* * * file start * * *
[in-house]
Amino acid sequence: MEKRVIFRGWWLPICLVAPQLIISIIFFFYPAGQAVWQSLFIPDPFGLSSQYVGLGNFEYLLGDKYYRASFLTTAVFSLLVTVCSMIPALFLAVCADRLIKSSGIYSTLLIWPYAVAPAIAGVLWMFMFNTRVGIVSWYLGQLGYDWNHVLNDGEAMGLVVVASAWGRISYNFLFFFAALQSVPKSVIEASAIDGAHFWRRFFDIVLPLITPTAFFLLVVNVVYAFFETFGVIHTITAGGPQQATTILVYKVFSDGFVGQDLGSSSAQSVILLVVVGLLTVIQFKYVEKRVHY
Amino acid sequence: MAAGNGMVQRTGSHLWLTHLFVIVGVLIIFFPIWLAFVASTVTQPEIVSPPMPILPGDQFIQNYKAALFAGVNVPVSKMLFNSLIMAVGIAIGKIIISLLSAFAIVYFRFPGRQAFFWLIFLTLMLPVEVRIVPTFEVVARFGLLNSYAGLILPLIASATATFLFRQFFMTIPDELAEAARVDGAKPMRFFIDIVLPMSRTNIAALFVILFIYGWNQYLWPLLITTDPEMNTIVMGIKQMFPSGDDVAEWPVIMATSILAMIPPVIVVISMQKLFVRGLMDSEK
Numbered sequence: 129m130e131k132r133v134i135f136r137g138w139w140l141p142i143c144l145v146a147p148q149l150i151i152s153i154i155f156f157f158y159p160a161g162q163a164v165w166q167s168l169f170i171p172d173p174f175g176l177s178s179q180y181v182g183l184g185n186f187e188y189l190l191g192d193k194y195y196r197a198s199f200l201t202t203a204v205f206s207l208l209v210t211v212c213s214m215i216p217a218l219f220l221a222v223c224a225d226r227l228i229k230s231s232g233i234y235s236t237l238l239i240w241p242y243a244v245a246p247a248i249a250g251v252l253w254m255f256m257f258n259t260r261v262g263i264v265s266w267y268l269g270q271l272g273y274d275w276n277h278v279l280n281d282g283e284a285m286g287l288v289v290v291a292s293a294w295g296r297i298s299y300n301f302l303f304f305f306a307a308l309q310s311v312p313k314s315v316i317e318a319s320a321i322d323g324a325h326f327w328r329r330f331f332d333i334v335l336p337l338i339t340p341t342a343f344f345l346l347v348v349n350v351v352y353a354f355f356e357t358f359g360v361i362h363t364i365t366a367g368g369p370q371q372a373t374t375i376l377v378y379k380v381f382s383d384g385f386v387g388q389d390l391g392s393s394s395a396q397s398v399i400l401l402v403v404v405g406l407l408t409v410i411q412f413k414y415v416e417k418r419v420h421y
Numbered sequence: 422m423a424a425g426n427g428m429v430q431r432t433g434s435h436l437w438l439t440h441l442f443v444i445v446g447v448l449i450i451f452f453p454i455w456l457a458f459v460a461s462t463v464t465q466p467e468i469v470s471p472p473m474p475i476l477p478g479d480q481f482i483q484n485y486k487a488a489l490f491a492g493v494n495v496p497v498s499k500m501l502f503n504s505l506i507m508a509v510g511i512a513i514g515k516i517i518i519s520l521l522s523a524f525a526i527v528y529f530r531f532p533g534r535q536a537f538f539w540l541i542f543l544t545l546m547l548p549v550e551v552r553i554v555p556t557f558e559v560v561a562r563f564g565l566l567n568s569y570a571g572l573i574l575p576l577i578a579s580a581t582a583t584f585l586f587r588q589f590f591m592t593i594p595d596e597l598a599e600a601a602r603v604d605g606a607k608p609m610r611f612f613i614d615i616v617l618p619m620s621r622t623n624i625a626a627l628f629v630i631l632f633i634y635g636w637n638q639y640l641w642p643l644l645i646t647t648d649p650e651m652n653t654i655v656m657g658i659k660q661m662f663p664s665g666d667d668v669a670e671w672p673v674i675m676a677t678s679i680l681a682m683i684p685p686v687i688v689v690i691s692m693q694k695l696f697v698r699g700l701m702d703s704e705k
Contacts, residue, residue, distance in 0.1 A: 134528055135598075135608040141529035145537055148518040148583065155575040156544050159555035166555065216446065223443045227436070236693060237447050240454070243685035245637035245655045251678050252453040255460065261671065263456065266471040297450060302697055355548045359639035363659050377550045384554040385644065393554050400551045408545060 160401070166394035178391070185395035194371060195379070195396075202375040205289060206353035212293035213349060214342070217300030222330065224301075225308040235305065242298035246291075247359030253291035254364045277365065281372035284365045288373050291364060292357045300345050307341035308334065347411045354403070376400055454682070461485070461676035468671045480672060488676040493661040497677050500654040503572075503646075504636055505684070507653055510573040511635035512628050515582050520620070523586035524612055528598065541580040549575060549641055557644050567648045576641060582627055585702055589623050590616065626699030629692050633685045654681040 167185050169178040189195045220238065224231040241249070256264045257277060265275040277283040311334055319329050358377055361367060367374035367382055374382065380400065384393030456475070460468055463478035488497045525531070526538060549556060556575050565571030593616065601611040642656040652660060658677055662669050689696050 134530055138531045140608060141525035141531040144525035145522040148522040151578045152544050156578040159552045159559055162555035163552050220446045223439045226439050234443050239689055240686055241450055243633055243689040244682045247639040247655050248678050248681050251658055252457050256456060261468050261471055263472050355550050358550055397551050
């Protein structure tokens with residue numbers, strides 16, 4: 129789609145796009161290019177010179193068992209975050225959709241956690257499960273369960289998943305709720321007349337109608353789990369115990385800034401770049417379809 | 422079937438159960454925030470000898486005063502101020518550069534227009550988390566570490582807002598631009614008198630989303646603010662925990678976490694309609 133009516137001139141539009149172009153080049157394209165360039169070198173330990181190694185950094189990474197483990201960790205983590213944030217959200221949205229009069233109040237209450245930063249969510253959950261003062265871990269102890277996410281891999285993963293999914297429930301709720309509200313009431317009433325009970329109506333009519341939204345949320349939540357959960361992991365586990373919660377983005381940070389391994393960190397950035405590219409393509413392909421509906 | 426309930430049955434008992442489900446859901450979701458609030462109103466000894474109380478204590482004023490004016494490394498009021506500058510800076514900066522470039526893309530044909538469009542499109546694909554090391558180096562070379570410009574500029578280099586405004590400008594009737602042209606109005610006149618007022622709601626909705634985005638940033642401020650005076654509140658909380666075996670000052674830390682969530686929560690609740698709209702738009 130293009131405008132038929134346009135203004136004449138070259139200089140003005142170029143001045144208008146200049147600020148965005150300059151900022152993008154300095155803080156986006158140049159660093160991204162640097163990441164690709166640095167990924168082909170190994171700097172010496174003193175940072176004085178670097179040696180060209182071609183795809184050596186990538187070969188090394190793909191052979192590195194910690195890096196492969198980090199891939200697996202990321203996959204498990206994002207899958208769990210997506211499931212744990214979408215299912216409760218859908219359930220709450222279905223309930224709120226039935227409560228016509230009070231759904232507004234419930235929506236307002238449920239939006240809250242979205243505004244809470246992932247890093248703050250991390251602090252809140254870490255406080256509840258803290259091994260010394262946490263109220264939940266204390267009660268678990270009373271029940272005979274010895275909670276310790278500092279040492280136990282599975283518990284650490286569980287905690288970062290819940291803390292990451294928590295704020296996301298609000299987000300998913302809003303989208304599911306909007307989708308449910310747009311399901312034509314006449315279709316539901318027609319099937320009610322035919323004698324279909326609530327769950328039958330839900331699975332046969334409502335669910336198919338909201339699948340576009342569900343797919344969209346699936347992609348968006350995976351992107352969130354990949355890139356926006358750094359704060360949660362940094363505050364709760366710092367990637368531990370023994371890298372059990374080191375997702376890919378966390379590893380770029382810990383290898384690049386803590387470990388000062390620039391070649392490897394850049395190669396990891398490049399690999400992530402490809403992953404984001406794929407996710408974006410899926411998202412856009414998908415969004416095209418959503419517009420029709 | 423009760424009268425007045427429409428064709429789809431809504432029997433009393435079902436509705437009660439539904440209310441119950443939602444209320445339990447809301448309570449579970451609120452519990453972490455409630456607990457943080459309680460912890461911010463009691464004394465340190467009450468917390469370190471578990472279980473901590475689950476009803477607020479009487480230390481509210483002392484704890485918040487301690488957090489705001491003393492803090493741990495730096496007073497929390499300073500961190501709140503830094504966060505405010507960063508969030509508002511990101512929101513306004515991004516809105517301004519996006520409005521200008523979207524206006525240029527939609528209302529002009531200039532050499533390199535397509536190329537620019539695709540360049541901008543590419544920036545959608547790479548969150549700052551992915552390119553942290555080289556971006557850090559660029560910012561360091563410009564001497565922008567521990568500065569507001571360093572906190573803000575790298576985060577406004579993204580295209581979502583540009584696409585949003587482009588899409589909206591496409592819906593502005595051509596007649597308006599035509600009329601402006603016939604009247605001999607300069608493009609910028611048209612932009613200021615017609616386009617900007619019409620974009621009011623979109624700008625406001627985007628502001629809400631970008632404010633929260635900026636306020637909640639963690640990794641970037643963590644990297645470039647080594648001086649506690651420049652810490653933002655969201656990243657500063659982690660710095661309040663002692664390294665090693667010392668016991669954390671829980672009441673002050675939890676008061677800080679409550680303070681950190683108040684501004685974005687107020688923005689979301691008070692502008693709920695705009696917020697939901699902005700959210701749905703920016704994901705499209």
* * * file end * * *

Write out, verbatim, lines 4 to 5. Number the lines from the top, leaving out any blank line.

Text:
Numbered sequence: 129m130e131k132r133v134i135f136r137g138w139w140l141p142i143c144l145v146a147p148q149l150i151i152s153i154i155f156f157f158y159p160a161g162q163a164v165w166q167s168l169f170i171p172d173p174f175g176l177s178s179q180y181v182g183l184g185n186f187e188y189l190l191g192d193k194y195y196r197a198s199f200l201t202t203a204v205f206s207l208l209v210t211v212c213s214m215i216p217a218l219f220l221a222v223c224a225d226r227l228i229k230s231s232g233i234y235s236t237l238l239i240w241p242y243a244v245a246p247a248i249a250g251v252l253w254m255f256m257f258n259t260r261v262g263i264v265s266w267y268l269g270q271l272g273y274d275w276n277h278v279l280n281d282g283e284a285m286g287l288v289v290v291a292s293a294w295g296r297i298s299y300n301f302l303f304f305f306a307a308l309q310s311v312p313k314s315v316i317e318a319s320a321i322d323g324a325h326f327w328r329r330f331f332d333i334v335l336p337l338i339t340p341t342a343f344f345l346l347v348v349n350v351v352y353a354f355f356e357t358f359g360v361i362h363t364i365t366a367g368g369p370q371q372a373t374t375i376l377v378y379k380v381f382s383d384g385f386v387g388q389d390l391g392s393s394s395a396q397s398v399i400l401l402v403v404v405g406l407l408t409v410i411q412f413k414y415v416e417k418r419v420h421y
Numbered sequence: 422m423a424a425g426n427g428m429v430q431r432t433g434s435h436l437w438l439t440h441l442f443v444i445v446g447v448l449i450i451f452f453p454i455w456l457a458f459v460a461s462t463v464t465q466p467e468i469v470s471p472p473m474p475i476l477p478g479d480q481f482i483q484n485y486k487a488a489l490f491a492g493v494n495v496p497v498s499k500m501l502f503n504s505l506i507m508a509v510g511i512a513i514g515k516i517i518i519s520l521l522s523a524f525a526i527v528y529f530r531f532p533g534r535q536a537f538f539w540l541i542f543l544t545l546m547l548p549v550e551v552r553i554v555p556t557f558e559v560v561a562r563f564g565l566l567n568s569y570a571g572l573i574l575p576l577i578a579s580a581t582a583t584f585l586f587r588q589f590f591m592t593i594p595d596e597l598a599e600a601a602r603v604d605g606a607k608p609m610r611f612f613i614d615i616v617l618p619m620s621r622t623n624i625a626a627l628f629v630i631l632f633i634y635g636w637n638q639y640l641w642p643l644l645i646t647t648d649p650e651m652n653t654i655v656m657g658i659k660q661m662f663p664s665g666d667d668v669a670e671w672p673v674i675m676a677t678s679i680l681a682m683i684p685p686v687i688v689v690i691s692m693q694k695l696f697v698r699g700l701m702d703s704e705k